For many injured workers, many medical professionals and even personal injury lawyers, there is quite a bit of scepticism about the workcover system’s use (or abuse) of “expert witnesses” including the (over)use of Independent Medical Assessors. It has been alleged that workcover expert witnesses and the like are not always there to share informed, evidence-based insights or opinions, but rather to “spin” evidence as required (by the insurer).
If you are a teacher and have been bullied, there is support available. We were contacted a few days ago by the Bullied Teachers Support Network, and are more than happy to share this useful resource.
It has come to our attention that resources relating to workers compensation (workcover) in two jurisdictions – NT and VIC – have recently been released.
We receive a lot of questions re Comcare, particularly on how decisions can be disputed. Many Comcare decisions can be disputed, such as rejection of the claim, decisions to cease your benefits or a decision not to pay for certain medical treatment and/or pay you lump sum compensation for your permanent impairment, and even unreasonable decisions re your RTW.
As the treating doctor’s role is so important following a workplace injury, and the doctor’s opinion can significantly impact on the injured worker’s rights, it is extremely important that an injured worker is completely comfortable with their treating doctor.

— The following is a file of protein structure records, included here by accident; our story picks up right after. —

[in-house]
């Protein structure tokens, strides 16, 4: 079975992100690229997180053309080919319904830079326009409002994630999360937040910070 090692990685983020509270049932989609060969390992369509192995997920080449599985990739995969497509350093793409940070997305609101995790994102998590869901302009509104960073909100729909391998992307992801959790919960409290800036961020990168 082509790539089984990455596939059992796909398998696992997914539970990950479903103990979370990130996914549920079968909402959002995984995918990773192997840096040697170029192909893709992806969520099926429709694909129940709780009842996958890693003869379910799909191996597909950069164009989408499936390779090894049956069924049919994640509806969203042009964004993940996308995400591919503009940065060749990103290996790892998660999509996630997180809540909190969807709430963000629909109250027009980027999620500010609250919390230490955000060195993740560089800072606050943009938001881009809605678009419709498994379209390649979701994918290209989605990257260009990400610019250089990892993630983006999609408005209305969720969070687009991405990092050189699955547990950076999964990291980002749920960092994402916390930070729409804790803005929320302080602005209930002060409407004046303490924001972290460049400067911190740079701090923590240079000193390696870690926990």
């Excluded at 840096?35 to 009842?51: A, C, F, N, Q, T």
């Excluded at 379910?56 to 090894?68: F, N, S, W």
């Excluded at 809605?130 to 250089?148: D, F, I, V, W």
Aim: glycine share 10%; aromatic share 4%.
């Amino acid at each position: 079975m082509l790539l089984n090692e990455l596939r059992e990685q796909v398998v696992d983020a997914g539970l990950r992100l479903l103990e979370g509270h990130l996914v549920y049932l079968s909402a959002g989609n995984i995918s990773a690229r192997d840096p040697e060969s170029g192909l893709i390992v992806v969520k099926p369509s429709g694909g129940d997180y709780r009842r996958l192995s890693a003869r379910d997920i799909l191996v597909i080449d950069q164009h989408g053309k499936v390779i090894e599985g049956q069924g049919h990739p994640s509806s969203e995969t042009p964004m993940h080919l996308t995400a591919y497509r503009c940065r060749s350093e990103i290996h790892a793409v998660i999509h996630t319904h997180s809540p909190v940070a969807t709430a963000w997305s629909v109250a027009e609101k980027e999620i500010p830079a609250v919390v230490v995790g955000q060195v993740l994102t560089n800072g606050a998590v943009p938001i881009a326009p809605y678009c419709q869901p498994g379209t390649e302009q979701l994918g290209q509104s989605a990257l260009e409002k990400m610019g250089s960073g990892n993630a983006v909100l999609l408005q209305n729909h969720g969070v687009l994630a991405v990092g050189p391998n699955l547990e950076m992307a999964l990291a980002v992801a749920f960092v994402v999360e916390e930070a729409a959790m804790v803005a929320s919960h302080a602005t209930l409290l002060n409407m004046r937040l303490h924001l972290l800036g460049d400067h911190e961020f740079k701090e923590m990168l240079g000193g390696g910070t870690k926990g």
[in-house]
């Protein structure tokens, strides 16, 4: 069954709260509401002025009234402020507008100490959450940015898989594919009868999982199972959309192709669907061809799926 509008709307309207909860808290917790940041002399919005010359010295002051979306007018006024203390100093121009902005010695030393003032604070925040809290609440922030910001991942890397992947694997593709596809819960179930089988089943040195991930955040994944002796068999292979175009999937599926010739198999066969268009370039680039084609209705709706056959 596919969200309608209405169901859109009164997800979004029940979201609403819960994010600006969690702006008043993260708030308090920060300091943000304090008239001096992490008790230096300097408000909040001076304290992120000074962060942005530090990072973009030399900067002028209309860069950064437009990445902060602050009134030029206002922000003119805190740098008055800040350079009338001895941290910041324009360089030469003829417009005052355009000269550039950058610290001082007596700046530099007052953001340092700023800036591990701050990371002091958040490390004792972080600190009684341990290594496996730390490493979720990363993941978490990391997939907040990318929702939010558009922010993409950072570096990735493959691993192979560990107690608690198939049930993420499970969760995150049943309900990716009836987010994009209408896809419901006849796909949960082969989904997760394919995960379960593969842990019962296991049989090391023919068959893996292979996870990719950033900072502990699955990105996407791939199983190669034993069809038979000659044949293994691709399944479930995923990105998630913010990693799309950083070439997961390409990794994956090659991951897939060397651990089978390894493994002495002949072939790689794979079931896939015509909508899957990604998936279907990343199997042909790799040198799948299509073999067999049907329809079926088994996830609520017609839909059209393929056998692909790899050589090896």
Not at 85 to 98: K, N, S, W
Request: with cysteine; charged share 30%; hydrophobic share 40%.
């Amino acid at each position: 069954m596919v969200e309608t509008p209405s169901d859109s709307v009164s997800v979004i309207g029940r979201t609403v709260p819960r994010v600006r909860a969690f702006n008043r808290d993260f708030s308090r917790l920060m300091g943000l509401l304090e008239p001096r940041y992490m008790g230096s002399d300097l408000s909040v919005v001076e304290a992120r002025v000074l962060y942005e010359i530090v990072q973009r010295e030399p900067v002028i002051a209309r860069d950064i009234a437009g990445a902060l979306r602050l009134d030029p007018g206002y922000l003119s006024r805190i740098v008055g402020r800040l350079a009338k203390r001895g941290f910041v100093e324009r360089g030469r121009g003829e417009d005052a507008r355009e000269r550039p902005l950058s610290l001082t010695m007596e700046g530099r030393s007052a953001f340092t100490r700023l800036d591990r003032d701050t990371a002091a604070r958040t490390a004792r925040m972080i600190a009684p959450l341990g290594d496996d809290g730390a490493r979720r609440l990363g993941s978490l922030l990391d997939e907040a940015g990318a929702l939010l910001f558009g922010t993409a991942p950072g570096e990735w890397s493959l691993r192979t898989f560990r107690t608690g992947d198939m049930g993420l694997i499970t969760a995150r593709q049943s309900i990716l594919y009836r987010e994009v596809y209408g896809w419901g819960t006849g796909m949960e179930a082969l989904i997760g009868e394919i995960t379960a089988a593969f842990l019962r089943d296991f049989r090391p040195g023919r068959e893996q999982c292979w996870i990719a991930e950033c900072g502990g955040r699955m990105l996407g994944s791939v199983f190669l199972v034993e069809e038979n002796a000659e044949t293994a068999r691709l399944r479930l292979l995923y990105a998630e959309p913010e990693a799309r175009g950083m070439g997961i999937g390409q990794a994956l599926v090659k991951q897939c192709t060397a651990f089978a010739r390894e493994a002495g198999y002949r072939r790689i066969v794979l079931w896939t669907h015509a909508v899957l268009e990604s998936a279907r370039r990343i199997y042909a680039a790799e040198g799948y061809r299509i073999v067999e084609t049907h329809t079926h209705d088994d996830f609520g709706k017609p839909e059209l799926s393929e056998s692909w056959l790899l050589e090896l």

Just a reminder that WorkSafe Victoria ( Victorian WorkCover Authority) has stated that as of 1 March 2015, the new certificate of capacity will be mandatory if injured workers are to receive their weekly payments when off work.
According to WorkSafe Victoria (now called the Victorian WorkCover Authority) they take all independent medical examiner (IME) complaints seriously. They claim to review and respond to each complaint received from an injured worker. Outlined in this post is the complaints handling process for IMEs, as well as the IME Service Standards and their “Declaration”…
For a variety of different reasons, injured workers on the WorkCover system want or need to move interstate. Quite often, understandably, injured workers lack the ability, resources or support to properly look after themselves whilst injured, and feel that they need to reside interstate with family, partner or friends, at least until they recover. The question asked is what happens to an injured worker’s claim and weekly pay when they move interstate?
We have recently received a number of questions re super and TPD, and as promised, this article covers in detail how an injured worker can access (unlock early) superannuation and/or make a Total Temporary (TTD) or Permanent Disability (TPD) insurance claim. We have also included frequently asked questions and some additional tips.
If you have a problem with your lawyer, don’t be afraid to complain about your lawyer.
Many injured workers are scared to complain when things go wrong and are confused, not only about their legal entitlements but also about the complaints system. In this article, we’ll run you through the process of how you can make a complaint against your (rogue) lawyer in Australia.